The United States Supreme Court resumes hearing cases on Monday, October 2. Wasting no time, the first week of the new term includes two cases that could bring significant decisions. Already on the docket for later in the term are cases on gun control and social media free speech, as well as voting redistricting and others. This week, the Court hears three cases, including Consumer Financial Protection Bureau (CFPB) v. Community Financial Services Association of America and Acheson Hotels v. Laufer.
Follow the Money
The CFPB case will decide whether one Congress can bind future lawmakers to fund legislation. The Dodd-Frank “reform” bill passed in 2010 mostly along party lines, with just three Republican senators voting for it. Among the many provisions was one creating the CFPB. However, the CFPB is funded not by Congressional allocation from the general treasury in appropriations bills but through fees collected by the Federal Reserve.
The law’s conservative challengers claim the scheme to fund the CFPB violates the Constitution’s Appropriation Clause, Article I, Section 9, which states: “No Money shall be drawn from the Treasury, but in Consequence of Appropriations made by Law; and a regular Statement and Account of the Receipts and Expenditures of all public Money shall be published from time to time.” If the Court allows the CFPB’s funding mechanism to stand, we can expect more creative funding from Congress to avoid future moderation of their spending preferences.
Public Service or Frivolous Lawsuit?
Later in the week, the Court will hear arguments in Acheson Hotels v. Laufer. The Americans with Disabilities Act includes a provision requiring hotels to list details about their properties’ accessibility so the disabled may be informed consumers. The law allows for private suit if a hotel is not compliant, harming a would-be traveler. But what if a plaintiff never intended to stay there in the first place? Ms. Laufer visited hotel websites and looked for violations, suing over 600 hotels she never intended to visit. Can she recover, or must a plaintiff have sustained actual damages?
Will the Court Reconsider Its Chevron Deference?
Perhaps the most significant case for conservatives is Lober Bright Enterprises v. Raimondo. There’s no argument date set for this monster. The case will rule on the “Chevron Deference,” a Supreme Court-made doctrine that says federal courts should defer to federal agencies’ interpretation of laws when examining their regulations. The doctrine is generally despised by constitutionalists and limited government advocates and celebrated by big government types. How important is it? You can tell by this headline from Politico, “Democrats call on Thomas to recuse himself from Chevron case over Koch network ties.”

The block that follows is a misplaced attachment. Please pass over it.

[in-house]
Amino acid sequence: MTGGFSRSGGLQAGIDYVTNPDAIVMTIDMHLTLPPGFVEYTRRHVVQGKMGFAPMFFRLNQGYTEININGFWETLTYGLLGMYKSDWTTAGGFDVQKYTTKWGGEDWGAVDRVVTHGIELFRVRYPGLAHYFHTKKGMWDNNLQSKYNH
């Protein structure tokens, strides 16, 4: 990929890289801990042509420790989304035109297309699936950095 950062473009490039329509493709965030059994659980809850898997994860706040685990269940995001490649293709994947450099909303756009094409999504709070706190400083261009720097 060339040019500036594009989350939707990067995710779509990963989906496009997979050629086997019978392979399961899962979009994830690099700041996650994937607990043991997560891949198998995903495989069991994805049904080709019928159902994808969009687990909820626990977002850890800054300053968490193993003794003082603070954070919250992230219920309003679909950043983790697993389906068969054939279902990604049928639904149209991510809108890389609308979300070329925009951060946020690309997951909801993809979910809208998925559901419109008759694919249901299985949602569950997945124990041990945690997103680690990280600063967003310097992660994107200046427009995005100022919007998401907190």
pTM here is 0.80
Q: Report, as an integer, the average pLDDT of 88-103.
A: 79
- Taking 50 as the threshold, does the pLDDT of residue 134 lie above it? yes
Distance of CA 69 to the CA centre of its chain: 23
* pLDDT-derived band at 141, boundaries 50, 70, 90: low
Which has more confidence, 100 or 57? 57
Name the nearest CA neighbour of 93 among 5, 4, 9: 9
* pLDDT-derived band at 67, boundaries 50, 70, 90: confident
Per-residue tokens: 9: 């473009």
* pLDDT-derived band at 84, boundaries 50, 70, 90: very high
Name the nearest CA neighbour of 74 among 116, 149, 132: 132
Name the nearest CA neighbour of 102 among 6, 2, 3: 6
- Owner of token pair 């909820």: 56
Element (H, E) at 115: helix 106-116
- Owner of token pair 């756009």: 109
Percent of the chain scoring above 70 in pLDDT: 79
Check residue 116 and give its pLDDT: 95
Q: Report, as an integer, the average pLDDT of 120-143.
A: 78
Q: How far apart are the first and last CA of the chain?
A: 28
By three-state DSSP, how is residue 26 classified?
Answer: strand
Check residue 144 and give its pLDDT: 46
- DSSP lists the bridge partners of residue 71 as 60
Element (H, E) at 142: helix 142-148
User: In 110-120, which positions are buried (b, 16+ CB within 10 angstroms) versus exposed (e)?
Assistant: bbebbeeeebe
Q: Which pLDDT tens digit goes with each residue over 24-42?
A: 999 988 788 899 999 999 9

The Right to Self-Defense
Later in November, the Court will hear a potentially major gun control case in U.S. v. Rahimi. Mr. Rahimi challenges the constitutionality of a federal gun ban against people subject to domestic violence restraining orders. This case was made viable due to the Court’s 2022 case, New York State Rifle & Pistol Association v. Bruen. That is perhaps the most robust case articulating an individual right to keep and bear arms published by the High Court. What it means, however, remains to be seen regarding so many firearm laws and regulations. That’s why cases like Rahimi’s can matter far outside their seemingly narrow subject matter. They have the potential to tell us much more about the law than their limited circumstances suggest.
Redistricting or Gerrymandering?
The Court will hear at least one voting rights case early in the term, with Alexander v. South Carolina State Conference of the NAACP. The state asked for the Justices to hear the case early and publish their decision by January so it can make adjustments to its voting district map in a timely fashion before the 2024 elections. The NAACP challenged the state legislature’s district map as unconstitutional racial gerrymandering. Republican legislators drew new district lines, making it a safe win for Republicans.